The Arts and Crafts Movement idealised medieval life, literature and architecture and was a predominant reason that medieval artwork was used as a model for much of their work. Morris insisted that an artist was, and should be, someone working by hand to design and craft. He also advocated for a free society of craftspeople, which he believed was that case in the Middle Ages. His reasoning is quoted as "Because craftsmen took pleasure in their work, the Middle Ages was a period of greatness in the art of the common people. The treasures in our museums now are only the common utensils used in households of that age, when hundreds of medieval churches, each one a masterpiece, were built by unsophisticated peasants." This was however due to poverty demanding people create for themselves as they could not buy items.
Skills passed down through necessity are not unlike stories, they det deformed and change over time until they are almost unrecognisable when directly compared to the original. But this is evolution on a smaller scale, social evolution, which has been a part of human history for eons.
William Morris had a deep-rooted love and adoration for nature. This was potentially one of the reasons he had a vocal distain for modern factories and he industrial revolution. "Well, it follows on this garden business that our factory must make no sordid litter, befoul no water, nor poison the air with smoke". This quote from Morris shows that he was well ahead of his time. His views on how industry damaged nature has recently been hailed as a precursor to todays Green Theory. Morris knew that a healthy environment leads to healthy people, both physically and mentally.
Legacy of William Morris and the Arts and Crafts Movement
As the nineteenth century drew to a close, the ideals of the Arts and Crafts movement has influenced almost every creative element of Britain, with some of the main areas being architecture, painting, woodwork, leatherwork metalwork and ceramics. Such a vast impact led to what can only be called a fashion for Arts and Crafts by 1910, with a wave of amateur handcrafters producing all manner of products, in all manner of quality it has to be said. This also led to the rise of imitators whose poor quality of work tainted the public opinion of Arts and Crafts.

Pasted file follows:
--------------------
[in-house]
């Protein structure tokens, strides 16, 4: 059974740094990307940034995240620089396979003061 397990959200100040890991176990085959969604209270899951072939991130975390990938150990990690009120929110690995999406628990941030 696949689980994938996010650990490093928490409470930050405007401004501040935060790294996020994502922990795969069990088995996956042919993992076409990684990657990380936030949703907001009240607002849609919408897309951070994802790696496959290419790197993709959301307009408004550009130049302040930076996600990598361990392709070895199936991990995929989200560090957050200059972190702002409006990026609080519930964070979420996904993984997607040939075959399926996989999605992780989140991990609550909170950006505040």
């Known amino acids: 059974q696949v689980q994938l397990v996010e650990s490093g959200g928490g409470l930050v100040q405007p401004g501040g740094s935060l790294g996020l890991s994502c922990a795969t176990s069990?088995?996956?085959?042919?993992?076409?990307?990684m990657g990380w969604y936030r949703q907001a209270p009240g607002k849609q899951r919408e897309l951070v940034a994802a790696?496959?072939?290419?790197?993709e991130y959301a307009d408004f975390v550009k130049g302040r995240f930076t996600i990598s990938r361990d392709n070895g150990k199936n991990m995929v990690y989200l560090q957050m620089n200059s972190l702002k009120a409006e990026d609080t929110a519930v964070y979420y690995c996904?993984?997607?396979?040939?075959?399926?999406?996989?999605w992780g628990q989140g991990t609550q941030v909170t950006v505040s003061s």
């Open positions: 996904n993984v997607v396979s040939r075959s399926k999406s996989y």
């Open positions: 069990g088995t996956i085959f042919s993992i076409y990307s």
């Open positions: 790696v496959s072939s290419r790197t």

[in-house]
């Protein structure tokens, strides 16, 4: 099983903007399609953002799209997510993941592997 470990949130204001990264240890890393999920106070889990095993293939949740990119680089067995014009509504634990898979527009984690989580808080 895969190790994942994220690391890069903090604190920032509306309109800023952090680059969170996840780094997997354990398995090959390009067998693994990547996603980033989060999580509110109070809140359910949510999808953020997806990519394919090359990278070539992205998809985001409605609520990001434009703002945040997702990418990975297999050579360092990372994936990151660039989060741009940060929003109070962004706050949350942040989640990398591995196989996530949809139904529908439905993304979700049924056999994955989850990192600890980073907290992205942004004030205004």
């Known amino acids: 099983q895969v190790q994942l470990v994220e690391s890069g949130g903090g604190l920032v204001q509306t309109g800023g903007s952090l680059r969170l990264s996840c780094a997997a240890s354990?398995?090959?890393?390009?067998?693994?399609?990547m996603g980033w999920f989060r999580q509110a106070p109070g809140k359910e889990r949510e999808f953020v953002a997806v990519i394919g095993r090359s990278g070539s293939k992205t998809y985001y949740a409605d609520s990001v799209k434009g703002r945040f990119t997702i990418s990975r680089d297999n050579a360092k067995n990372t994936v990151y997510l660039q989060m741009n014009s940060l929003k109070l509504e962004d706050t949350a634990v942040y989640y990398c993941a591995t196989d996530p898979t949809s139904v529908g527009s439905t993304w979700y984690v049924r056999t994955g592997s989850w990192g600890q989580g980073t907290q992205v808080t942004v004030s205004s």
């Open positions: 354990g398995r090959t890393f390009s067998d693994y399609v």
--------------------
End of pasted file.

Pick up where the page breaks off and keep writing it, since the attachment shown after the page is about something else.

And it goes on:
Sadly, this as well as the continued industrialisation of society and the outbreak of the first world war in 1914, meant the movement slowly lost the interest of young blood and the old guard were left to fade into relative obscurity. In a book by Nikolaus Pevsner titled Pioneers of Modern Design, the Arts and Crafts Movement is presented as design radicals who heavily influenced the modern artistic movement, but failed to adapt or change, and were eventually superseded by the movement they helped to inspire.
William Morris wanted to change peoples lives through his designs and he strived to give high quality designs but failed to allow them to be accessible to everyone due to costs of such luxurious products. He had the motto “Have nothing in your house that you do not know to be useful or believe to be beautiful”. Do you notice the similarities between this and minimalistic décor of the modern era? In many ways, the majority of modern British design ethos can be traced back to William Morris and the Arts and Crafts Movement. Simple designs, focusing on handcrafted and hand made products are becoming more and more popular, as is environmentalism.
William Morris may have been a bit of a hypocrite, a bit blind to the contradictions in his beliefs and his actions, yet he did have a good set of ideals that he attempted to implement to his work. His love for British made goods and designs has transcended the movement he created and has influenced all manner of aspects of design work in the modern era. He may not have halted the industrial age, but he helped to plant the seed that has sprouted and grown into a global awareness of the damage we can cause when we choose speed and efficiency over care and skill.
Here at Sir Gordon Bennett we hold the belief that British made goods are the best. We believe that celebrating the skill, history and legacy of British made products is something to be held high. Our island home has had some of the greatest craft people in history and has birthed some of the greatest products the world has ever seen, we uphold that view with our own goods. British made, always high quality and a perfect fit for anyone. Come and have a look for yourself, we are sure you’ll find something you like.